(Reuters) - The euro slipped against the dollar Tuesday, edging closer to two-year lows as investors and speculators sold the common currency on persistent worries over Spain's escalating borrowing costs and its weakening banking sector.

Worries about the cost of shoring up Spain's banking system kept Spanish debt yields elevated while the gap between them and German 10-year yields remained near euro era highs, as the risk grew that Spain may be forced to seek an international bailout.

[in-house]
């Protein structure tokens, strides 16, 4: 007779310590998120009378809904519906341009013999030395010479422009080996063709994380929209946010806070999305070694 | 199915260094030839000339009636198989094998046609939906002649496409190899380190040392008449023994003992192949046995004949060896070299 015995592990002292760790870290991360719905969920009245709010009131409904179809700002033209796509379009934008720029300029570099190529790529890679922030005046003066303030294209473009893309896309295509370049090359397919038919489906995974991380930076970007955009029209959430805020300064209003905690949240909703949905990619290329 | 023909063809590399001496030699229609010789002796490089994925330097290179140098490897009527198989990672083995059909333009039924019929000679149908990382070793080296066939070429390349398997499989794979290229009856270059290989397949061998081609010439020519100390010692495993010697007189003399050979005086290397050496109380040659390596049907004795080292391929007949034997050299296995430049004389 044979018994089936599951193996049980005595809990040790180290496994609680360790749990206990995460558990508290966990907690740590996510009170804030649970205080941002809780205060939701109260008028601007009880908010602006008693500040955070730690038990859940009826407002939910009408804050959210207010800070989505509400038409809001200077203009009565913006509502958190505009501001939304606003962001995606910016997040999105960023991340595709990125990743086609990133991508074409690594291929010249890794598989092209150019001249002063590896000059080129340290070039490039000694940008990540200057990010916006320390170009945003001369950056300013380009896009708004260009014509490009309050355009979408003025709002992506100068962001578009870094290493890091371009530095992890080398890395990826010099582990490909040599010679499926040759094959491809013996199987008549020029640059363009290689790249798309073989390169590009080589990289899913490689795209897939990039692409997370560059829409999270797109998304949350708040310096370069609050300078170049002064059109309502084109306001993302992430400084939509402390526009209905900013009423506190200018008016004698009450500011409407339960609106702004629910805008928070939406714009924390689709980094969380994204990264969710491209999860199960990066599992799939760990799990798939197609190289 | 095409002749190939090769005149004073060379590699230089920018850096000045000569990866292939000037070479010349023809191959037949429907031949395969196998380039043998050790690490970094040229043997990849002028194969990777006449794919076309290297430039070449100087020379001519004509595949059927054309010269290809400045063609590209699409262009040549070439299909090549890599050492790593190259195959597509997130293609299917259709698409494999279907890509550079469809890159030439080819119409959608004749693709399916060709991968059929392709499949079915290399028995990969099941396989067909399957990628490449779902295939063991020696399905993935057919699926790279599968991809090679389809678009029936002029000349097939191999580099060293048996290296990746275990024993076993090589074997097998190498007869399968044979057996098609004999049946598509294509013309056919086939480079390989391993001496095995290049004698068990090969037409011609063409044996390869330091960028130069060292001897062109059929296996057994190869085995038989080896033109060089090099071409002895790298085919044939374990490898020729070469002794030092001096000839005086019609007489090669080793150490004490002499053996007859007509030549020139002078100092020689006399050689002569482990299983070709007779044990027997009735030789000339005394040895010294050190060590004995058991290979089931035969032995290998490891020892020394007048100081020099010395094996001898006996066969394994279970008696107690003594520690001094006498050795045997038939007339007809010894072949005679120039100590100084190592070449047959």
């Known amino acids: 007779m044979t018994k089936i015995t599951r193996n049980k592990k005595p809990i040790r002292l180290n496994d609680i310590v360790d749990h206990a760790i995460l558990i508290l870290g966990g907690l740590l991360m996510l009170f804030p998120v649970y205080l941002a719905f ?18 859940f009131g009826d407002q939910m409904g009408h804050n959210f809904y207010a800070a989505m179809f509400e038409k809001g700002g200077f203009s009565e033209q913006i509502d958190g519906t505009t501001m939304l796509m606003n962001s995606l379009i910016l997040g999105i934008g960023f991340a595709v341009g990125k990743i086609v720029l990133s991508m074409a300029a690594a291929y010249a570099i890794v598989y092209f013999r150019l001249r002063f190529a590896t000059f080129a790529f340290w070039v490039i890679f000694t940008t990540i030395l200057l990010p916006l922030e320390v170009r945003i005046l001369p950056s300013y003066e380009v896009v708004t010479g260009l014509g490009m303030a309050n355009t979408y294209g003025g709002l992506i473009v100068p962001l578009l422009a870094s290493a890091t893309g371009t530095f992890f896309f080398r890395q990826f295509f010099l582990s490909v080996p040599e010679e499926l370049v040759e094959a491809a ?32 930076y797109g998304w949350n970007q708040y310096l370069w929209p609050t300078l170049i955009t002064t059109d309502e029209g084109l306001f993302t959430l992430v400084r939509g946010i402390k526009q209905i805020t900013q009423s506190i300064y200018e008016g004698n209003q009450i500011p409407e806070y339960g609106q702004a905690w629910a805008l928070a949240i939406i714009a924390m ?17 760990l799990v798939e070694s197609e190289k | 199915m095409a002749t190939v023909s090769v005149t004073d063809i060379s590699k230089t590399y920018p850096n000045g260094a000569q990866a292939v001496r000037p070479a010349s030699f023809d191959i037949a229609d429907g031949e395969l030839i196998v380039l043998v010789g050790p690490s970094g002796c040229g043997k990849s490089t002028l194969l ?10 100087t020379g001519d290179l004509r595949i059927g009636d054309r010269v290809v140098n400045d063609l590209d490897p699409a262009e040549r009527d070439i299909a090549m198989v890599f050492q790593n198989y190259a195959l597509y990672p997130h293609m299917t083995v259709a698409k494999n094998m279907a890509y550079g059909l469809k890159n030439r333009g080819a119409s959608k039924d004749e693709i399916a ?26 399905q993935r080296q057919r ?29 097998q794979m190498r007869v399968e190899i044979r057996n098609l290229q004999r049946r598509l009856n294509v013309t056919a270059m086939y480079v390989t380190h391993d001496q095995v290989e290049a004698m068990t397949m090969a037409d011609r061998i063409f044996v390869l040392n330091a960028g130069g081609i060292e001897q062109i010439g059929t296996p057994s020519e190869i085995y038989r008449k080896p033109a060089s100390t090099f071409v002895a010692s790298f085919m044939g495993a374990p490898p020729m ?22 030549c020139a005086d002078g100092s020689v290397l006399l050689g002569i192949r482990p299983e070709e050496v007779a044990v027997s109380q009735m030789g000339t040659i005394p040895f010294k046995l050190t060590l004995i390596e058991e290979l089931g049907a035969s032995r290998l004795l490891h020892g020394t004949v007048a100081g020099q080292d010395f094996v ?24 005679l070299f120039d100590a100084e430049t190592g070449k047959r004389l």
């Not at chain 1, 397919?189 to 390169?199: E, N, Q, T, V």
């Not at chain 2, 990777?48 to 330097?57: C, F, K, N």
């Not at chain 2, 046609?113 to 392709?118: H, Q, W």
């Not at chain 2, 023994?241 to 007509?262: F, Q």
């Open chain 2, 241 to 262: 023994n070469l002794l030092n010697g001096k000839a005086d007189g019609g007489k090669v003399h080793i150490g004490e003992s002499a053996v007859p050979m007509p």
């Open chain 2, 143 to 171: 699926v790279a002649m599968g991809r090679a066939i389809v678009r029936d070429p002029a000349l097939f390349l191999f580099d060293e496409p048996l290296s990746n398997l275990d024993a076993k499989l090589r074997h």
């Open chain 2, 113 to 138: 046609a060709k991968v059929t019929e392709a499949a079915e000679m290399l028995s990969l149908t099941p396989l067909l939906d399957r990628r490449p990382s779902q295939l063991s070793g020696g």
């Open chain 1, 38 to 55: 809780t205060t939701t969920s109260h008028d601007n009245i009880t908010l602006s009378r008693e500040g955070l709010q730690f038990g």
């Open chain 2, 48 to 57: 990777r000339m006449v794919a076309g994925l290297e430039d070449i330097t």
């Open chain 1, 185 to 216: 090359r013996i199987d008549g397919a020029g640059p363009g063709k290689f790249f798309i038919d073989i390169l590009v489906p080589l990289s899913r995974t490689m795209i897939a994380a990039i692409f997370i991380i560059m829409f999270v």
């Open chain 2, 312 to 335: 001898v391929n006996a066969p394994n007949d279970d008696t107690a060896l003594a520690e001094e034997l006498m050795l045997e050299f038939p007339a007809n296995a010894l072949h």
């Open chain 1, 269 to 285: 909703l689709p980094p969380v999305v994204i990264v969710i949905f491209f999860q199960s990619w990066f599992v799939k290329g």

The euro traded at $1.2530, off a day high of $1.2575 as demand from corporates and Middle East names faded.

Having failed to clear resistance at previous support around $1.2625 for three days in a row, the euro was vulnerable to another test of Friday's low of $1.2495, which marked its weakest level since July 2010. Bids just below $1.25 could offer some support, though further losses could see it drop towards $1.2450, where traders reported stop-loss sell orders.